• Pacific Grove and Seaside set to share more police services — Woefully understaffed, PG needs more officers

    By Marge Ann Jameson POSTED 01/03/13

    Hoping to expand shared services opportunities for the police departments of both cities, Pacific Grove and Seaside staff are looking for more capacity and efficiency in law enforcement and protection services. Police chief Vicki Myers made a presentation to the City Council on Jan. 2 which outlined advantages for both departments.

    Since 2004, Pacific Grove has had a shared services agreement with the city of Carmel, and since 2012 have shared a police chief with Seaside. The Monterey Peninsula Regional Special Response Unit shares resources and officers from Seaside, Pacific Grove, Monterey, Carmel, Sand City, Marina and CSUMB: Officers train monthly to be able to respond to high-risk criminal activity. At the Dec. 19 meeting, Chief Myers obtained approval for Pacific Grove to join the Monterey Peninsula Regional Violence and Narcotics Team (PRVNT), a regional effort to respond to the challenge of the sale, distribution, and use of illicit drugs.

    Grossly understaffed due to resignations and unsuccessful recruiting, Pacific Grove has struggled to provide services for its citizens. There are 22 officer positions and 17 of those are filled. But three of those officers are on disability due to on-duty injuries and one is in the National Guard and is currently deployed to Afghanistan. He will not return until the spring of 2013. That leaves 13 officers, of which two are commanders with administrative duties. Result: 11 officers for patrol. There are no detectives, there is no funding for the school resource officer, and there is none for traffic control. There are no sergeants, either. The lobby of the Pacific Grove Police station will close during the hours of 11:00 p.m. and 6:00 a.m., saving the City an estimated $52,000 per year.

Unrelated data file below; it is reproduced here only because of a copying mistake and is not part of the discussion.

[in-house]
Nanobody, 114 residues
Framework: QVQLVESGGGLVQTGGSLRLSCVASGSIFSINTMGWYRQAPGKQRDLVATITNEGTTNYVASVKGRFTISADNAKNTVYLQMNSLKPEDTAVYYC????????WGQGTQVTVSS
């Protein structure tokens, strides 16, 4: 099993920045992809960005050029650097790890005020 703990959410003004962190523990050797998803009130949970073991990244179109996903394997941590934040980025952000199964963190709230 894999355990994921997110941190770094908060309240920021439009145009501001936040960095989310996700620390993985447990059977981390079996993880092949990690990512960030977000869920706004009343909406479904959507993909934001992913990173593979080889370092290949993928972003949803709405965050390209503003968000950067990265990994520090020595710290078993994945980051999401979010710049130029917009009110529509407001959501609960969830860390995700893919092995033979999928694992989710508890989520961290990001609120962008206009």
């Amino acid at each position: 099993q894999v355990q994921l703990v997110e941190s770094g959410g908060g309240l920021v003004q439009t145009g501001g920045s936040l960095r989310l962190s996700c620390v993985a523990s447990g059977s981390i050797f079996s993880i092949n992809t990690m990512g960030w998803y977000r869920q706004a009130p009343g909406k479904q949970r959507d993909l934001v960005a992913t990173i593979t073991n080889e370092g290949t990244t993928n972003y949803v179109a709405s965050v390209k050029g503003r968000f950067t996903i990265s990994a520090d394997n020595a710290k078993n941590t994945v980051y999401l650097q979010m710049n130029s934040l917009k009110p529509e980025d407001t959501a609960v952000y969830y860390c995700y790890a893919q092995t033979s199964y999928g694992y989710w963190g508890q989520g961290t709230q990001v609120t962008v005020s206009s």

“The financial consideration,” said Chief Myers in her report, “is to draw upon straight-time personnel instead of paying overtime.” Pacific Grove has already used this program to fill patrol vacancies with a Seaside patrol officer. In the past, with Carmel, Pacific Grove and Carmel have “traded hours” to fill needs. If a Pacific Grove officer goes to Carmel for three hours, for example, a “tab” is run and later, Carmel will lend an officer to Pacific Grove for three hours. No checks are traded.

    The proposal now goes before the Seaside City Council and then will come back to Pacific Grove if there are any changes. The respective negotiators (in our case, Tom Frutchey, City Manager) will then present the plan to the safety officer organizations.


    posted to Cedar Street Times on January 3, 2013

    Topics: Front PG News


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